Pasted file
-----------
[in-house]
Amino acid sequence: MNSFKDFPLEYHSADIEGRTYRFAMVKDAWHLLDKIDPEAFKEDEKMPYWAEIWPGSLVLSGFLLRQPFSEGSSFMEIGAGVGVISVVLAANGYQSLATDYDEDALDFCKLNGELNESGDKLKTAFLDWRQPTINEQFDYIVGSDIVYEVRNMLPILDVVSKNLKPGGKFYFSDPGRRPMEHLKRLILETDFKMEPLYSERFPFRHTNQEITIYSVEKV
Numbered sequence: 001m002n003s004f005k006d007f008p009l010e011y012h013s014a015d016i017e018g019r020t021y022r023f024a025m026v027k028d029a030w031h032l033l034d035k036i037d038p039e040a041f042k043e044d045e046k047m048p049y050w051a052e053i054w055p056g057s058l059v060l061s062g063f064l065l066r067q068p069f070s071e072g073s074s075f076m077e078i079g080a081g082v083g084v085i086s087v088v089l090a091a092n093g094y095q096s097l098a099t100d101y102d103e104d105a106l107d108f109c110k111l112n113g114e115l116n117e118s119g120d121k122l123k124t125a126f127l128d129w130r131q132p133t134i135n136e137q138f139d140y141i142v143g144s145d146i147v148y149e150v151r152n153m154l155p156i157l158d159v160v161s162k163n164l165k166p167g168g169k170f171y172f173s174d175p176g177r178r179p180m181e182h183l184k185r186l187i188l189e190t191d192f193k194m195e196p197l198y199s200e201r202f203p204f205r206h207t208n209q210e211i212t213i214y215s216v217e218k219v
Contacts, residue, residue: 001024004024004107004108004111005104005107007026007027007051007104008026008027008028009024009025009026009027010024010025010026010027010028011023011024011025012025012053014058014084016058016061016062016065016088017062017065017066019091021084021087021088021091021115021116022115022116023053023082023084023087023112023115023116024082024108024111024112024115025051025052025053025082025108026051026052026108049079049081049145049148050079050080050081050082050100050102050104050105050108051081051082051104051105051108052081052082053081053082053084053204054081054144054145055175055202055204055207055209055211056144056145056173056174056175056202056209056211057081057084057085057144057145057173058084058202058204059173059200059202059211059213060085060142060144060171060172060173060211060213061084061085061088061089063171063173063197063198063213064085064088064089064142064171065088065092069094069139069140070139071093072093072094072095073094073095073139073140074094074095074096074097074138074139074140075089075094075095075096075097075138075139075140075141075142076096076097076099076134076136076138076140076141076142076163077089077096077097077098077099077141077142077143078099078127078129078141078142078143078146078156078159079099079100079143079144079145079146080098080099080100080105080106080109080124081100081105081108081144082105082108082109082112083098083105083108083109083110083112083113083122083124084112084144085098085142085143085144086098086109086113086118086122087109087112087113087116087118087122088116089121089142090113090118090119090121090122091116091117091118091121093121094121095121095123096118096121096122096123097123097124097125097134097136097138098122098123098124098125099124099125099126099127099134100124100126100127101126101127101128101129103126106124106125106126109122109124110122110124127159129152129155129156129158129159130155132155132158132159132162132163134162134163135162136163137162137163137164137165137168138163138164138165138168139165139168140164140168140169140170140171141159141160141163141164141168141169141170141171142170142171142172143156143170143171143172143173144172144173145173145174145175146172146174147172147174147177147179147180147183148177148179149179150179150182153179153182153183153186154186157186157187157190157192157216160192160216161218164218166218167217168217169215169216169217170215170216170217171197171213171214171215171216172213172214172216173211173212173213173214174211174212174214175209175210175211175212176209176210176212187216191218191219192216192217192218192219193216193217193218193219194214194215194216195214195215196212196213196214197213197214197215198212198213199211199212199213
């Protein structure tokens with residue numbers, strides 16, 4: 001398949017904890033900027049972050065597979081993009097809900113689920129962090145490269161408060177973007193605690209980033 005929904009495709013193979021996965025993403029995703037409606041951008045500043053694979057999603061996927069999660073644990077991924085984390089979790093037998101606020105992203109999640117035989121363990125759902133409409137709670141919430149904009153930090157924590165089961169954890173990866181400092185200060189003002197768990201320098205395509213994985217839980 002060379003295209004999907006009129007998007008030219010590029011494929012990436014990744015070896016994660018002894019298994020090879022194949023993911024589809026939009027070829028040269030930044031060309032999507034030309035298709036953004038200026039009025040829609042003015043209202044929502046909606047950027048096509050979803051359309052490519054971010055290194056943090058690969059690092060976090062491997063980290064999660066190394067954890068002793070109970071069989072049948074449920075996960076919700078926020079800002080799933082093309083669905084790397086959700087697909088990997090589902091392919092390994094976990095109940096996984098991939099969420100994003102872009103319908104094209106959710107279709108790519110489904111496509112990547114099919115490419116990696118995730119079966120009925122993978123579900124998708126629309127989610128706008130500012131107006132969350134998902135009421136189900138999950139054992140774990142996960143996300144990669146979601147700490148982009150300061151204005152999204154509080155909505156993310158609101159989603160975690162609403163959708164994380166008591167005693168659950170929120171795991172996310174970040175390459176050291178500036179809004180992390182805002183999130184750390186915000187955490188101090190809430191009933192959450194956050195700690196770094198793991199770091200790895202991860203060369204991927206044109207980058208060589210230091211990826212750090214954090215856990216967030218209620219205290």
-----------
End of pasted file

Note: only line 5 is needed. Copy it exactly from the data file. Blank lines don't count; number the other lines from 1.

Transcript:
């Protein structure tokens with residue numbers, strides 16, 4: 001398949017904890033900027049972050065597979081993009097809900113689920129962090145490269161408060177973007193605690209980033 005929904009495709013193979021996965025993403029995703037409606041951008045500043053694979057999603061996927069999660073644990077991924085984390089979790093037998101606020105992203109999640117035989121363990125759902133409409137709670141919430149904009153930090157924590165089961169954890173990866181400092185200060189003002197768990201320098205395509213994985217839980 002060379003295209004999907006009129007998007008030219010590029011494929012990436014990744015070896016994660018002894019298994020090879022194949023993911024589809026939009027070829028040269030930044031060309032999507034030309035298709036953004038200026039009025040829609042003015043209202044929502046909606047950027048096509050979803051359309052490519054971010055290194056943090058690969059690092060976090062491997063980290064999660066190394067954890068002793070109970071069989072049948074449920075996960076919700078926020079800002080799933082093309083669905084790397086959700087697909088990997090589902091392919092390994094976990095109940096996984098991939099969420100994003102872009103319908104094209106959710107279709108790519110489904111496509112990547114099919115490419116990696118995730119079966120009925122993978123579900124998708126629309127989610128706008130500012131107006132969350134998902135009421136189900138999950139054992140774990142996960143996300144990669146979601147700490148982009150300061151204005152999204154509080155909505156993310158609101159989603160975690162609403163959708164994380166008591167005693168659950170929120171795991172996310174970040175390459176050291178500036179809004180992390182805002183999130184750390186915000187955490188101090190809430191009933192959450194956050195700690196770094198793991199770091200790895202991860203060369204991927206044109207980058208060589210230091211990826212750090214954090215856990216967030218209620219205290």